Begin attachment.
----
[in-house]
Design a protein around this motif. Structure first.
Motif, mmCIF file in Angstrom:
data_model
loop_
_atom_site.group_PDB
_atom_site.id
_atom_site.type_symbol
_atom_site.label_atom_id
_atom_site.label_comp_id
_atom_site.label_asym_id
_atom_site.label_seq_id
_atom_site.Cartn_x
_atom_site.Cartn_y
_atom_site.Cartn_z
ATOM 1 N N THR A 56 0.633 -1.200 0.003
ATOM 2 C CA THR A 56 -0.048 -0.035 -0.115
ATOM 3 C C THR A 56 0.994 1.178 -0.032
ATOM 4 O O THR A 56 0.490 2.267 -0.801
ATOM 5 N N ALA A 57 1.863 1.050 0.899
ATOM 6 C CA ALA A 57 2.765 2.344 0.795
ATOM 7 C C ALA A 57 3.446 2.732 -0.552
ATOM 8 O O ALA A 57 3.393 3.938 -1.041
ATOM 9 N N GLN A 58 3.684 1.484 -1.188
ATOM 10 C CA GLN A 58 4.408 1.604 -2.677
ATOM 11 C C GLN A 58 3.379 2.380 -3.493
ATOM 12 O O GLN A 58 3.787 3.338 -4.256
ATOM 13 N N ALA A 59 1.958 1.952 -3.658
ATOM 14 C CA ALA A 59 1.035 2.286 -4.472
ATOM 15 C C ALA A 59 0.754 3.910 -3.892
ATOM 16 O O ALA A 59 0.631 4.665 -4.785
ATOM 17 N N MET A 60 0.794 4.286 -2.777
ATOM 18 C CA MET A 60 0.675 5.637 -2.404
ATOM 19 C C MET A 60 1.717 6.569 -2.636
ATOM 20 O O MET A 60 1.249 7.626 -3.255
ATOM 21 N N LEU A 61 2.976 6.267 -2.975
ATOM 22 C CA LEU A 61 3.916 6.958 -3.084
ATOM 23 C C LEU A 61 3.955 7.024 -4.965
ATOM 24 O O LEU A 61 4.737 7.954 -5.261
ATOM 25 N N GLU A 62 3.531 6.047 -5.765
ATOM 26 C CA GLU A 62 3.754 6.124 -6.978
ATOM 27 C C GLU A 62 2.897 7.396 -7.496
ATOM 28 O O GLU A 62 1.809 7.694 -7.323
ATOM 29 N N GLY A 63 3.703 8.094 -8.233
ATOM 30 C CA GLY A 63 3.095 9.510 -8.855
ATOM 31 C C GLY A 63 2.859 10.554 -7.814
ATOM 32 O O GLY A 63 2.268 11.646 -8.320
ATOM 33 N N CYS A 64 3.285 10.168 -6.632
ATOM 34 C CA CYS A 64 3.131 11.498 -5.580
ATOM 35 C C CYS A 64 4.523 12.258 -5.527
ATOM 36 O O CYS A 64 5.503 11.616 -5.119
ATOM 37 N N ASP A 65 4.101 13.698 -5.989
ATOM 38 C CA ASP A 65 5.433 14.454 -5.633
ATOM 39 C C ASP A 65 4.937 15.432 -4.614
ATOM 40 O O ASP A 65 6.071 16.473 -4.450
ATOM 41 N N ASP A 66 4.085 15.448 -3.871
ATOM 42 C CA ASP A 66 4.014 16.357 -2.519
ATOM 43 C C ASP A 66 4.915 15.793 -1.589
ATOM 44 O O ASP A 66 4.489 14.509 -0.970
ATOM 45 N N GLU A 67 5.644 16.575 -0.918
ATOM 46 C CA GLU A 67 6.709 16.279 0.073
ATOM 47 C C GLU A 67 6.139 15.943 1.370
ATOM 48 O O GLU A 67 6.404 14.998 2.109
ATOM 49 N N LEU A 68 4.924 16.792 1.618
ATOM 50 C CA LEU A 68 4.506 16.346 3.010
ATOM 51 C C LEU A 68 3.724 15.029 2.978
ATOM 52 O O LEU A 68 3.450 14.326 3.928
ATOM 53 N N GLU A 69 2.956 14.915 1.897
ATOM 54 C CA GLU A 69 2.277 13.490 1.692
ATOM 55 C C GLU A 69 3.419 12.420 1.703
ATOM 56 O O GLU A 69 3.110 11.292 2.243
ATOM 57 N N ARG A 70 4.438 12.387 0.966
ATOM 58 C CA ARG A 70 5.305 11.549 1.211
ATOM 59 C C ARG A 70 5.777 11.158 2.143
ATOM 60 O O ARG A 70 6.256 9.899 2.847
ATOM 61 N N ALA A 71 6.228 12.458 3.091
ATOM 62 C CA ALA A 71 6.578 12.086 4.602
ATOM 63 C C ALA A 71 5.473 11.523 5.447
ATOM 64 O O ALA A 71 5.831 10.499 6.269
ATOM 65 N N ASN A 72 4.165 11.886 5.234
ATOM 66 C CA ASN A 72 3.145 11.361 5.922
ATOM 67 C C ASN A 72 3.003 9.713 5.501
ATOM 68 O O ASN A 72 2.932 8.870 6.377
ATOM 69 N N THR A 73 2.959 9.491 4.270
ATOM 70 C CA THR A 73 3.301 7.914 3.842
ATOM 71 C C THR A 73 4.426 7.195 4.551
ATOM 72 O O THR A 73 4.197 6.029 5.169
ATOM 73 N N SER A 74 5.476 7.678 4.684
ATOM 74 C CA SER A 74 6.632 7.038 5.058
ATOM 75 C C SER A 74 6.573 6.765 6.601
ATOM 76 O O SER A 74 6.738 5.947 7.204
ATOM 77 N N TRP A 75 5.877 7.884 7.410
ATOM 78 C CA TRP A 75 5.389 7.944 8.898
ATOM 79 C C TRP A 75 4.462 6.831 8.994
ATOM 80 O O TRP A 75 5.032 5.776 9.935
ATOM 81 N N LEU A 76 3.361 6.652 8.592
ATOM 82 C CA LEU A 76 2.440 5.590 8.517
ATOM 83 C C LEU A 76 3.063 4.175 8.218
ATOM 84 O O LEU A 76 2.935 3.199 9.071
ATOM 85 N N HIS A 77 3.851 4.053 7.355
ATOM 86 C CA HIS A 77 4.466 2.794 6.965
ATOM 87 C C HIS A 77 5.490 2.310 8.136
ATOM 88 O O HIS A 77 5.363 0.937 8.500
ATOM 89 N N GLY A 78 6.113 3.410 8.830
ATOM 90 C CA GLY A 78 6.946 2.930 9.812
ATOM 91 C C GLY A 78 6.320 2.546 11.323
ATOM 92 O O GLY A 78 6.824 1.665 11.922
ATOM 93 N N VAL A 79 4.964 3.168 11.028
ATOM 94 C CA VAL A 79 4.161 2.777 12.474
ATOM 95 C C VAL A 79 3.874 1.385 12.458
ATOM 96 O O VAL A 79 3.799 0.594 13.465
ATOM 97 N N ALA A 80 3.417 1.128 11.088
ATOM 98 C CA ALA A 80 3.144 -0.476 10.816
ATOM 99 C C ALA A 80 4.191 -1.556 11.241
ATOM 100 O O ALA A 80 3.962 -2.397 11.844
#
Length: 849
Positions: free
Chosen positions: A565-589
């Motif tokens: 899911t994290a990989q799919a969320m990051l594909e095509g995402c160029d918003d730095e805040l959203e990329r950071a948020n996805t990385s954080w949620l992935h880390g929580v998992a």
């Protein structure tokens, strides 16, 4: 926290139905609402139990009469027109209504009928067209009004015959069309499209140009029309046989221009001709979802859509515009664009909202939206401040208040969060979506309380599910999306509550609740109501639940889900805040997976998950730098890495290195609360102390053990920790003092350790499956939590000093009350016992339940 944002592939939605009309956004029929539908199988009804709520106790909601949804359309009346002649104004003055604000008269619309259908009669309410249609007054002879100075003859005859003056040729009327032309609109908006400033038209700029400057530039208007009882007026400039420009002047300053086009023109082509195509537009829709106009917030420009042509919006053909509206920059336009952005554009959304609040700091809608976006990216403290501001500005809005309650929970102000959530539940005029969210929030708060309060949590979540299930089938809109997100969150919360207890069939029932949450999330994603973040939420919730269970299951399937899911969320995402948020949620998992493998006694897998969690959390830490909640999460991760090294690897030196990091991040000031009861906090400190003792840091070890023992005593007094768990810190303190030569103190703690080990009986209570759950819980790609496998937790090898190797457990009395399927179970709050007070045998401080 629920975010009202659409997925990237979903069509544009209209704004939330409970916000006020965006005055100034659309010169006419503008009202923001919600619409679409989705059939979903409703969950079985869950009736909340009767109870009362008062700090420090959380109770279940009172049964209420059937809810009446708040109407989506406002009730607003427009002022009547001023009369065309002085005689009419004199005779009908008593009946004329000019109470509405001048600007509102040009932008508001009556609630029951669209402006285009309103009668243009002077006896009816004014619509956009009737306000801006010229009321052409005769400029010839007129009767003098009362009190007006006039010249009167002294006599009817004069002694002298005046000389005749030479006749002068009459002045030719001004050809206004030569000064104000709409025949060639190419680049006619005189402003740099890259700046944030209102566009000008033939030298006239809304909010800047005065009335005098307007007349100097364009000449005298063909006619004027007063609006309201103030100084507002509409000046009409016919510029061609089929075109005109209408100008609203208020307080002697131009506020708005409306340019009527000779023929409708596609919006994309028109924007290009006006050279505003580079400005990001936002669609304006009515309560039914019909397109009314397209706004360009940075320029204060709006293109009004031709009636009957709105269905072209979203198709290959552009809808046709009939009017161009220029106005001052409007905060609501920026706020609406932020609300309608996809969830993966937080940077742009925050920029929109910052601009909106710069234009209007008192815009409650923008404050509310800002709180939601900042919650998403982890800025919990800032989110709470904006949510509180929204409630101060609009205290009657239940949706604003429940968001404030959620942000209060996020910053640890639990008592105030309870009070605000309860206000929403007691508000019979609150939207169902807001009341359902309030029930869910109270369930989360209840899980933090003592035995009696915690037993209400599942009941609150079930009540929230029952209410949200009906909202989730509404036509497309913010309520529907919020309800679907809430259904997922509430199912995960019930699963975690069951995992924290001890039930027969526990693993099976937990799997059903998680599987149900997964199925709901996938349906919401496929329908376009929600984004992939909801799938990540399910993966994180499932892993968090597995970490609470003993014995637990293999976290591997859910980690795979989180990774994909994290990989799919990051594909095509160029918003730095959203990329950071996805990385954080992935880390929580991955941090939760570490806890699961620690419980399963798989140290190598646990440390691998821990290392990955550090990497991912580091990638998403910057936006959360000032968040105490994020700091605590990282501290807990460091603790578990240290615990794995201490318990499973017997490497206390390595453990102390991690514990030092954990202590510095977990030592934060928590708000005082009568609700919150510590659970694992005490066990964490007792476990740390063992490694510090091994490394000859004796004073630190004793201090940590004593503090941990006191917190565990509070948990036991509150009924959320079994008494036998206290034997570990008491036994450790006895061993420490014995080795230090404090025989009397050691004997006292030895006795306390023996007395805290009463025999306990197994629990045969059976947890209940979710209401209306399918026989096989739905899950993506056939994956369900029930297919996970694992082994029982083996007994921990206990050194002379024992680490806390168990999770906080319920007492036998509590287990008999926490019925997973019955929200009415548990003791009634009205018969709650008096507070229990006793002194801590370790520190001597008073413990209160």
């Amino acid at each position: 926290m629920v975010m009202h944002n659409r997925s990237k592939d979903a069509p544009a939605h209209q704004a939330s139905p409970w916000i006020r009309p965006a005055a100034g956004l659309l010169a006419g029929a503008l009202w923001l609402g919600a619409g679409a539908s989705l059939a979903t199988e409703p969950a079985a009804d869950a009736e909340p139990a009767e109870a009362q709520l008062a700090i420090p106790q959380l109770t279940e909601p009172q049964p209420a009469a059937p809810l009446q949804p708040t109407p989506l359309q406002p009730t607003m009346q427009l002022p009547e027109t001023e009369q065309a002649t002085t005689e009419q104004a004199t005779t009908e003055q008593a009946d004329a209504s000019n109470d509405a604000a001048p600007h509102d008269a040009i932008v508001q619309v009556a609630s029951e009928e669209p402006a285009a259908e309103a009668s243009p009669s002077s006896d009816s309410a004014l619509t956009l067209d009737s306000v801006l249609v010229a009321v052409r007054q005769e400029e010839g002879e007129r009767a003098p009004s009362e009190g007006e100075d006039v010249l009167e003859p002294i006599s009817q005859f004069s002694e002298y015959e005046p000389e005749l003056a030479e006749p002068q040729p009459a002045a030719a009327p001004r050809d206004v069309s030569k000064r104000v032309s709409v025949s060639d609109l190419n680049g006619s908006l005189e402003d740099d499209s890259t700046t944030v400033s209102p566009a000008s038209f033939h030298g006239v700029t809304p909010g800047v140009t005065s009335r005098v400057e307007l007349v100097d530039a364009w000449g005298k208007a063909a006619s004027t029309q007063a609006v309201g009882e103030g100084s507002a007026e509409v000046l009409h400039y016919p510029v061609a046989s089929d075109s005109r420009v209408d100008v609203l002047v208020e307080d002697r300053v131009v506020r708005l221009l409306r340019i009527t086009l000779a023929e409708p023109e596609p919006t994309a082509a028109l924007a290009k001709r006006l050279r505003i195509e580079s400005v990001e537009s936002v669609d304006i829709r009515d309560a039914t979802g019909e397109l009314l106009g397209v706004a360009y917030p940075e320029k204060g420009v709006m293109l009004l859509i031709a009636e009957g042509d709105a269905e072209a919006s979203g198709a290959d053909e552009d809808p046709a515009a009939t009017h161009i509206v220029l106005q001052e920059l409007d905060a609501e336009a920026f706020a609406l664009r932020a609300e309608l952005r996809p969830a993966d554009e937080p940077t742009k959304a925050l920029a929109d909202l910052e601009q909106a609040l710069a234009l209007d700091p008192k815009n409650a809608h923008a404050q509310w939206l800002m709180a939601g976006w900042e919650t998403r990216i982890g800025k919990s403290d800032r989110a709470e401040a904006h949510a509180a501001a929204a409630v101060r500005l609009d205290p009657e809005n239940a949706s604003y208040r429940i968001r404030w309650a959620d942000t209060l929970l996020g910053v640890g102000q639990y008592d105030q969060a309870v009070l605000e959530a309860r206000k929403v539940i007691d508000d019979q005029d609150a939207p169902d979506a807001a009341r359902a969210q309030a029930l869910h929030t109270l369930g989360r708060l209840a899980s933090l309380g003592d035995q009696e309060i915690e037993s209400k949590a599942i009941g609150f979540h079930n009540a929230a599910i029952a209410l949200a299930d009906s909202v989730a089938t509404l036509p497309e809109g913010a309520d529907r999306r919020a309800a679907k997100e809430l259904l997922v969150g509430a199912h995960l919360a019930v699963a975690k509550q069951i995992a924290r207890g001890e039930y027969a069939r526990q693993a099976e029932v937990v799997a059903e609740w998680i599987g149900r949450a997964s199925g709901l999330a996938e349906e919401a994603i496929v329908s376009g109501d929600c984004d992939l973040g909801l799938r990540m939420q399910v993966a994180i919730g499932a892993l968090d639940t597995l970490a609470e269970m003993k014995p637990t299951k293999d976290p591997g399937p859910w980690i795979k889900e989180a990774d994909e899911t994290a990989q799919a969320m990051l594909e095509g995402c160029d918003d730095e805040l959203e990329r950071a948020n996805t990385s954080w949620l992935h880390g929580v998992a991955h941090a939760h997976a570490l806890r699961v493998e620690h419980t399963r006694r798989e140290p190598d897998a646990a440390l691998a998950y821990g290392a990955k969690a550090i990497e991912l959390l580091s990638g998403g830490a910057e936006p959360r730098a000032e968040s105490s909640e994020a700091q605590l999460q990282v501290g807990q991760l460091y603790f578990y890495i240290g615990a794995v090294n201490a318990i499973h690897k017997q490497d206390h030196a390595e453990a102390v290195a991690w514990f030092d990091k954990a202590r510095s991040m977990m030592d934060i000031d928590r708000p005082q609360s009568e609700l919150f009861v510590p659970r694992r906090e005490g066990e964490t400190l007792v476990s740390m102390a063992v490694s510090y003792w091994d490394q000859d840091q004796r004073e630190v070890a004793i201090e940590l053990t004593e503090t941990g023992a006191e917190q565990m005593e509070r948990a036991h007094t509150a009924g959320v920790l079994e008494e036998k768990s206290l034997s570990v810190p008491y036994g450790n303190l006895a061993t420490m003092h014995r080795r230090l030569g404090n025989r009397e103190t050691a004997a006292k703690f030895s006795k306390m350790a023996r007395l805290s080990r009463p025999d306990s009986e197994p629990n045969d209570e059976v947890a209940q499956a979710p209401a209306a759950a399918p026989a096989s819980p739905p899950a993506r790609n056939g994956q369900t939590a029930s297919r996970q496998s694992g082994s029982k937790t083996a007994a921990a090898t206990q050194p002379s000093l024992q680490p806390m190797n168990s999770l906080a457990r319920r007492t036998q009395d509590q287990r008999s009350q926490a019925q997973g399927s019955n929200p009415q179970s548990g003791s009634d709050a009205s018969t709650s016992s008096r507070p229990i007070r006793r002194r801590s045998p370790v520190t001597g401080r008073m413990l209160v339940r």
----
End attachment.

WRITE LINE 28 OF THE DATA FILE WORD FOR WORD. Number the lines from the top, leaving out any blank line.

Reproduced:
ATOM 13 N N ALA A 59 1.958 1.952 -3.658